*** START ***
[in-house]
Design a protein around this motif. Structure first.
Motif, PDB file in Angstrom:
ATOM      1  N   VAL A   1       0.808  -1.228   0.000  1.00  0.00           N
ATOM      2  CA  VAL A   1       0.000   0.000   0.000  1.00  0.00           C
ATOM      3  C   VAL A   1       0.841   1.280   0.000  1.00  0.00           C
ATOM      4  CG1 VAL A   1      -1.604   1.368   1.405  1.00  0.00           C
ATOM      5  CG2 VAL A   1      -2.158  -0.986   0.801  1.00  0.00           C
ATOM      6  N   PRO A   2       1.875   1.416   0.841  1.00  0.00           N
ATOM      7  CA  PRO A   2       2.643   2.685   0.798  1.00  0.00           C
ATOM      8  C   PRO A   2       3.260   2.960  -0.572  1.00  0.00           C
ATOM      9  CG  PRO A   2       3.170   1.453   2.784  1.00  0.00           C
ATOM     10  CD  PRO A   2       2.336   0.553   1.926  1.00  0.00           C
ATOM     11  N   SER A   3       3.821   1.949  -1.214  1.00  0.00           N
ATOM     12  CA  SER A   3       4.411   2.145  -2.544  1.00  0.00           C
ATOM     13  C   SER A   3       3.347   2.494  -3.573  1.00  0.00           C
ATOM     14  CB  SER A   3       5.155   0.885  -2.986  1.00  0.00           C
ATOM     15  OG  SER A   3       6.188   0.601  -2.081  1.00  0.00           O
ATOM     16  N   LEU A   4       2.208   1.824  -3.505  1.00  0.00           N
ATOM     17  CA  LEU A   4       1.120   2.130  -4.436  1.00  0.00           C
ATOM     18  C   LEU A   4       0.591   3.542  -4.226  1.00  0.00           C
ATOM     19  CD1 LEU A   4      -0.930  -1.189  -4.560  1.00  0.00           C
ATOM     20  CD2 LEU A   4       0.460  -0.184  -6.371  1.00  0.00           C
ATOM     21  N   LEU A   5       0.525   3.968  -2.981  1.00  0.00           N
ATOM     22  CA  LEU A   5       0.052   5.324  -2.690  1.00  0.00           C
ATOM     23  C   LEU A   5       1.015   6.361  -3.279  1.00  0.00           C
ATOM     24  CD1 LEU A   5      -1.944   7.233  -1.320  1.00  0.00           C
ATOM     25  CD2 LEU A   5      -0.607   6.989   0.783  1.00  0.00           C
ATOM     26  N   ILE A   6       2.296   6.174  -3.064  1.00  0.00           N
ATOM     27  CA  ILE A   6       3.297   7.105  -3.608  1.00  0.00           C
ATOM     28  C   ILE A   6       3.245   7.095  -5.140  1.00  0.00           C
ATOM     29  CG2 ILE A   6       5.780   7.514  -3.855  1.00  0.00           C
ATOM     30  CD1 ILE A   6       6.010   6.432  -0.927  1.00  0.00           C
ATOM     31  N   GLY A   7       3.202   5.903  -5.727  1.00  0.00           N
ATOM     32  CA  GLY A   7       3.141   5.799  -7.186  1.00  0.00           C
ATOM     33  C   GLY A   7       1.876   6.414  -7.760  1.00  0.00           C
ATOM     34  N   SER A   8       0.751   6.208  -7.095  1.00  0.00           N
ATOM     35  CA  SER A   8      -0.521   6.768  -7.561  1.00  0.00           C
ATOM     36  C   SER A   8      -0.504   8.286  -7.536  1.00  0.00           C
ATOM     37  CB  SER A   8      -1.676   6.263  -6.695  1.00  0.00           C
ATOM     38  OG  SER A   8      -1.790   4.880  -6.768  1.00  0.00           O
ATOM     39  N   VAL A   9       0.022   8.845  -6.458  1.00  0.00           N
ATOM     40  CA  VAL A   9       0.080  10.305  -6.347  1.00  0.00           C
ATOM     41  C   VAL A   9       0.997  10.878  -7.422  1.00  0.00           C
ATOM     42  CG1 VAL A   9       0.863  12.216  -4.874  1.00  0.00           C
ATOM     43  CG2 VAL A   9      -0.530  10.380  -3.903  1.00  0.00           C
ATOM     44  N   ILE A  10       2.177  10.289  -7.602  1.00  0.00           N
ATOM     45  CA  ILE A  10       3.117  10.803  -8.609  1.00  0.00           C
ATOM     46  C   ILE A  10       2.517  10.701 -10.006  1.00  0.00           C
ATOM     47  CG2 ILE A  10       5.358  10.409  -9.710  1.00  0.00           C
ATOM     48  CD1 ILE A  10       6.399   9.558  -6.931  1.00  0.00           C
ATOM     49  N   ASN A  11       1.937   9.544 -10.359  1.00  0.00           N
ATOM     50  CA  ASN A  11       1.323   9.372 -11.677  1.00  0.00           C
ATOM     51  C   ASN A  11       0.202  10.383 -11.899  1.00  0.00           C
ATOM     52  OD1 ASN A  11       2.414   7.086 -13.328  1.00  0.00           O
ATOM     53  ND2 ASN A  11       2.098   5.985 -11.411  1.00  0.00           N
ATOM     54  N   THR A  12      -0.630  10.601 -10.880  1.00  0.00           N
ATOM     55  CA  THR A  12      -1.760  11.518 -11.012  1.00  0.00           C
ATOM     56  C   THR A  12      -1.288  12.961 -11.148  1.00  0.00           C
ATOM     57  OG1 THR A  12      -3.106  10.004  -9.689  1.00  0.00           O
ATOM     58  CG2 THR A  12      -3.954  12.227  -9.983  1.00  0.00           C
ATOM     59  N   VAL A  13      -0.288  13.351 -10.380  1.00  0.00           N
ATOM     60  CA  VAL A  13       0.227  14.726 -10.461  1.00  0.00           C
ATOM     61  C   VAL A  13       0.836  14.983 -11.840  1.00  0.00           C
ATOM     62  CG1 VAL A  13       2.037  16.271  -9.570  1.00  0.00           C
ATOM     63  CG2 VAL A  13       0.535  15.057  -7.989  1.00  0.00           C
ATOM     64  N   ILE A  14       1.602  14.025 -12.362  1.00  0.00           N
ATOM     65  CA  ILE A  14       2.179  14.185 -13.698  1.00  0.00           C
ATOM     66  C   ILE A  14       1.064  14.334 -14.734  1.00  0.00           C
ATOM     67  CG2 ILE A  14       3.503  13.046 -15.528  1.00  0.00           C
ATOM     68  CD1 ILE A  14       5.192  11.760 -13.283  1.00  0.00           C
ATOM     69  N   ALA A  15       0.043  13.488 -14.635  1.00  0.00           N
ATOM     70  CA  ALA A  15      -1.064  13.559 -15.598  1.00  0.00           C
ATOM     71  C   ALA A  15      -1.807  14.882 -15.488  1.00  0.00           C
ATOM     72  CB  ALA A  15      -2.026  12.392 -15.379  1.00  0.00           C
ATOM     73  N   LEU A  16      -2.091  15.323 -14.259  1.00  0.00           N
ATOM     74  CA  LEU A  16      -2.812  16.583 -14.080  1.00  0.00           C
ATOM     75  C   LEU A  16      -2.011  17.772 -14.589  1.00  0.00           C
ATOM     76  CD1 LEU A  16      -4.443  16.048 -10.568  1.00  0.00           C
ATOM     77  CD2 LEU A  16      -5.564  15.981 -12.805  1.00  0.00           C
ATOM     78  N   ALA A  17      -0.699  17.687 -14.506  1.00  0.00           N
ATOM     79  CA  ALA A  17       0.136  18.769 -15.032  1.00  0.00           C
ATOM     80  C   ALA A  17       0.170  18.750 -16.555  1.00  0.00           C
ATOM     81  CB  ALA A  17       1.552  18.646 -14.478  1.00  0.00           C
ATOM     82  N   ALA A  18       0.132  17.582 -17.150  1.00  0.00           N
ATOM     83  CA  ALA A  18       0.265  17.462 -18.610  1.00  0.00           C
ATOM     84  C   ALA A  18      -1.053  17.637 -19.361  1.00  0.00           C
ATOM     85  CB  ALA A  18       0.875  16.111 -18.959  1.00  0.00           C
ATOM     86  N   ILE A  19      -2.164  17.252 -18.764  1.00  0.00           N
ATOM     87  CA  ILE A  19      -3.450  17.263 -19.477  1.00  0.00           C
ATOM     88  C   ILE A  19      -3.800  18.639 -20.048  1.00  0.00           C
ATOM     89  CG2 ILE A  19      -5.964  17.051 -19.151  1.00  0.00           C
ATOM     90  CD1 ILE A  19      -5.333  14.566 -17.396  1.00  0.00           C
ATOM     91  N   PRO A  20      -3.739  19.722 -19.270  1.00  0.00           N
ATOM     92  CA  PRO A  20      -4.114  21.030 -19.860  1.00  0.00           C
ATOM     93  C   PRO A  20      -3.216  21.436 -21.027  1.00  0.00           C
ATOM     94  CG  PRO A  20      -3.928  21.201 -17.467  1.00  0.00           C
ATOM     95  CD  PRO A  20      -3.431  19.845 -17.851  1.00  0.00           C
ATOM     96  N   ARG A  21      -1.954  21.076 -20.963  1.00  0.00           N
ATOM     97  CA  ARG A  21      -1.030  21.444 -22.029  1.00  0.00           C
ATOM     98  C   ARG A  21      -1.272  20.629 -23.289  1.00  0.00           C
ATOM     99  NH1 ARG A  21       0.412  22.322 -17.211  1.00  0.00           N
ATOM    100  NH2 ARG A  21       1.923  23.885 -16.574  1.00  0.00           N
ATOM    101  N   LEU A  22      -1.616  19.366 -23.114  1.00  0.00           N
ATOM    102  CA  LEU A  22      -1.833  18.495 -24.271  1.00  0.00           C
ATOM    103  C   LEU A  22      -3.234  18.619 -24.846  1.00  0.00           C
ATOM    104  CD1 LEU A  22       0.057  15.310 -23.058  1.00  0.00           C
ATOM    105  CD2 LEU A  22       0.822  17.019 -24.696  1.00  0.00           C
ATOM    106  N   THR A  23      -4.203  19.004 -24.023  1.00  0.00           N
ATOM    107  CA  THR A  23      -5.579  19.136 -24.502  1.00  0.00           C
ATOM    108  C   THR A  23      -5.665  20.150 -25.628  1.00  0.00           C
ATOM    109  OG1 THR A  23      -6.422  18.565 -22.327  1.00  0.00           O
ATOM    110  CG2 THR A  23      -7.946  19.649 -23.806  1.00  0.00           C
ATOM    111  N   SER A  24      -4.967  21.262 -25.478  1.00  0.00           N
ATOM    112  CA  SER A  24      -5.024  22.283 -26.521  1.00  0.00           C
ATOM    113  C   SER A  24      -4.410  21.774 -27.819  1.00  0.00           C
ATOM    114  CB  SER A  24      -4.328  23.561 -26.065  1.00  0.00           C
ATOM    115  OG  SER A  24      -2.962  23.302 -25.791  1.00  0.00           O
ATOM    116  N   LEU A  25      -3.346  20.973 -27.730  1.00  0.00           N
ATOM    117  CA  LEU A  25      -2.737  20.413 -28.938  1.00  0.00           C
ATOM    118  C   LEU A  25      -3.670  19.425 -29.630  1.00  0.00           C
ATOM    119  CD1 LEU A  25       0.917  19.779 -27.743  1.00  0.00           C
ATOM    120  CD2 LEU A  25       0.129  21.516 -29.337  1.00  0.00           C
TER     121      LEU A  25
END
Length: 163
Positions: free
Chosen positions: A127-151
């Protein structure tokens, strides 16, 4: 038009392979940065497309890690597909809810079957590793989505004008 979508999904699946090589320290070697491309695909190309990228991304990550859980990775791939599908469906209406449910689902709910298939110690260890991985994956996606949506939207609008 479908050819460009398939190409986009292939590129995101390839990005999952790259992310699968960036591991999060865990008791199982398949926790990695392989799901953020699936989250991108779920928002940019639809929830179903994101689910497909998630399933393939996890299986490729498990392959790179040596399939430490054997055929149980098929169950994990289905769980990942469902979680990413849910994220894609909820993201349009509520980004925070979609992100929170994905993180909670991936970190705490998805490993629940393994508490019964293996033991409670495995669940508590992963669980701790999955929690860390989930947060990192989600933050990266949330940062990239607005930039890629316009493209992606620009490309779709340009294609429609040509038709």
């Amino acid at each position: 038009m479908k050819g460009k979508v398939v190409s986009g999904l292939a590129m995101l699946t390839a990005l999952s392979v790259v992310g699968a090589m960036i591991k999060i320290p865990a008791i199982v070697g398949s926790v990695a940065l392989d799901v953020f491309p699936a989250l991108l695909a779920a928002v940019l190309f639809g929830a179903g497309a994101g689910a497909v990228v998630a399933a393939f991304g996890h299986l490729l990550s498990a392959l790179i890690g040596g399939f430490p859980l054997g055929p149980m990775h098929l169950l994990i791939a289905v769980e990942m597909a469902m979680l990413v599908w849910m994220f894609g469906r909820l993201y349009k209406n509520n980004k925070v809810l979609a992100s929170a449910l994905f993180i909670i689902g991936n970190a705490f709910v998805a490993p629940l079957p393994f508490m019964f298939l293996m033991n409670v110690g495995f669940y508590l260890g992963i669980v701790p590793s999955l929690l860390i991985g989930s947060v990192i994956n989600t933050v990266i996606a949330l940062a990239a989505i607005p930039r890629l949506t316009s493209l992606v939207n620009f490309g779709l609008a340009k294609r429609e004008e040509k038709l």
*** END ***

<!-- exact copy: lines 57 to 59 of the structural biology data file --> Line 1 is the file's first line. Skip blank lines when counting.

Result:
ATOM     54  N   THR A  12      -0.630  10.601 -10.880  1.00  0.00           N
ATOM     55  CA  THR A  12      -1.760  11.518 -11.012  1.00  0.00           C
ATOM     56  C   THR A  12      -1.288  12.961 -11.148  1.00  0.00           C